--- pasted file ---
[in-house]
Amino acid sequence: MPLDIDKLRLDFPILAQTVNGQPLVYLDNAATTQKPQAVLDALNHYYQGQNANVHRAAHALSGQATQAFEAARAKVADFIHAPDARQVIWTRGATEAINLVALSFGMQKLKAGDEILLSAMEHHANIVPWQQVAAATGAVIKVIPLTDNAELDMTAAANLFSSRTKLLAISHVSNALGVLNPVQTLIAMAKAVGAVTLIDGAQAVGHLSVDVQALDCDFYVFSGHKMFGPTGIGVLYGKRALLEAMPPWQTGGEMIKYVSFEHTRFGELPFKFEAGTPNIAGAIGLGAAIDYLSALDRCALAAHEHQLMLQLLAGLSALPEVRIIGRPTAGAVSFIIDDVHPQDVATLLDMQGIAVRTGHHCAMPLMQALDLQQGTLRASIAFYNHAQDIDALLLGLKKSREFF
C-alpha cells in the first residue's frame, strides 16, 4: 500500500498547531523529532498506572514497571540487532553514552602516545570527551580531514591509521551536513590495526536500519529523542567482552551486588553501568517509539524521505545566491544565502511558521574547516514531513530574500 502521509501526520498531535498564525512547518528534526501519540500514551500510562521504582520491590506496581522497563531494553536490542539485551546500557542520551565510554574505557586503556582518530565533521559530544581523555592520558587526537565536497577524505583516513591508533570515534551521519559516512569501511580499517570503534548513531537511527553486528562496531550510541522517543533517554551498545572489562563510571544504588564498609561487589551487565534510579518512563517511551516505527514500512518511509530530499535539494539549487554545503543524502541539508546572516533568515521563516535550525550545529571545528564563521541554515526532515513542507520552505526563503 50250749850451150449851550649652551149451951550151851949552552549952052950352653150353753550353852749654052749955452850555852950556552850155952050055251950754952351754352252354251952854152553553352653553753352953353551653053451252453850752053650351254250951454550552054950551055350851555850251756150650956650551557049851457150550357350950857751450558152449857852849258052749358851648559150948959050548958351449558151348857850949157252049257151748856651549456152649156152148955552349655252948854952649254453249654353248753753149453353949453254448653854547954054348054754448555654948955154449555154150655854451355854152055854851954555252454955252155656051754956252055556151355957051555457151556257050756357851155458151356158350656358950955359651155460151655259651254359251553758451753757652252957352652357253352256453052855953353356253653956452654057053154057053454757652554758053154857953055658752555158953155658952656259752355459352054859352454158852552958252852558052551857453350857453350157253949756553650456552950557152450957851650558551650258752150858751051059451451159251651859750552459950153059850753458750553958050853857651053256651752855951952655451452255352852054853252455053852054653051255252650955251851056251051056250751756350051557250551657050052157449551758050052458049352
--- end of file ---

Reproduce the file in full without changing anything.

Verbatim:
[in-house]
Amino acid sequence: MPLDIDKLRLDFPILAQTVNGQPLVYLDNAATTQKPQAVLDALNHYYQGQNANVHRAAHALSGQATQAFEAARAKVADFIHAPDARQVIWTRGATEAINLVALSFGMQKLKAGDEILLSAMEHHANIVPWQQVAAATGAVIKVIPLTDNAELDMTAAANLFSSRTKLLAISHVSNALGVLNPVQTLIAMAKAVGAVTLIDGAQAVGHLSVDVQALDCDFYVFSGHKMFGPTGIGVLYGKRALLEAMPPWQTGGEMIKYVSFEHTRFGELPFKFEAGTPNIAGAIGLGAAIDYLSALDRCALAAHEHQLMLQLLAGLSALPEVRIIGRPTAGAVSFIIDDVHPQDVATLLDMQGIAVRTGHHCAMPLMQALDLQQGTLRASIAFYNHAQDIDALLLGLKKSREFF
C-alpha cells in the first residue's frame, strides 16, 4: 500500500498547531523529532498506572514497571540487532553514552602516545570527551580531514591509521551536513590495526536500519529523542567482552551486588553501568517509539524521505545566491544565502511558521574547516514531513530574500 502521509501526520498531535498564525512547518528534526501519540500514551500510562521504582520491590506496581522497563531494553536490542539485551546500557542520551565510554574505557586503556582518530565533521559530544581523555592520558587526537565536497577524505583516513591508533570515534551521519559516512569501511580499517570503534548513531537511527553486528562496531550510541522517543533517554551498545572489562563510571544504588564498609561487589551487565534510579518512563517511551516505527514500512518511509530530499535539494539549487554545503543524502541539508546572516533568515521563516535550525550545529571545528564563521541554515526532515513542507520552505526563503 50250749850451150449851550649652551149451951550151851949552552549952052950352653150353753550353852749654052749955452850555852950556552850155952050055251950754952351754352252354251952854152553553352653553753352953353551653053451252453850752053650351254250951454550552054950551055350851555850251756150650956650551557049851457150550357350950857751450558152449857852849258052749358851648559150948959050548958351449558151348857850949157252049257151748856651549456152649156152148955552349655252948854952649254453249654353248753753149453353949453254448653854547954054348054754448555654948955154449555154150655854451355854152055854851954555252454955252155656051754956252055556151355957051555457151556257050756357851155458151356158350656358950955359651155460151655259651254359251553758451753757652252957352652357253352256453052855953353356253653956452654057053154057053454757652554758053154857953055658752555158953155658952656259752355459352054859352454158852552958252852558052551857453350857453350157253949756553650456552950557152450957851650558551650258752150858751051059451451159251651859750552459950153059850753458750553958050853857651053256651752855951952655451452255352852054853252455053852054653051255252650955251851056251051056250751756350051557250551657050052157449551758050052458049352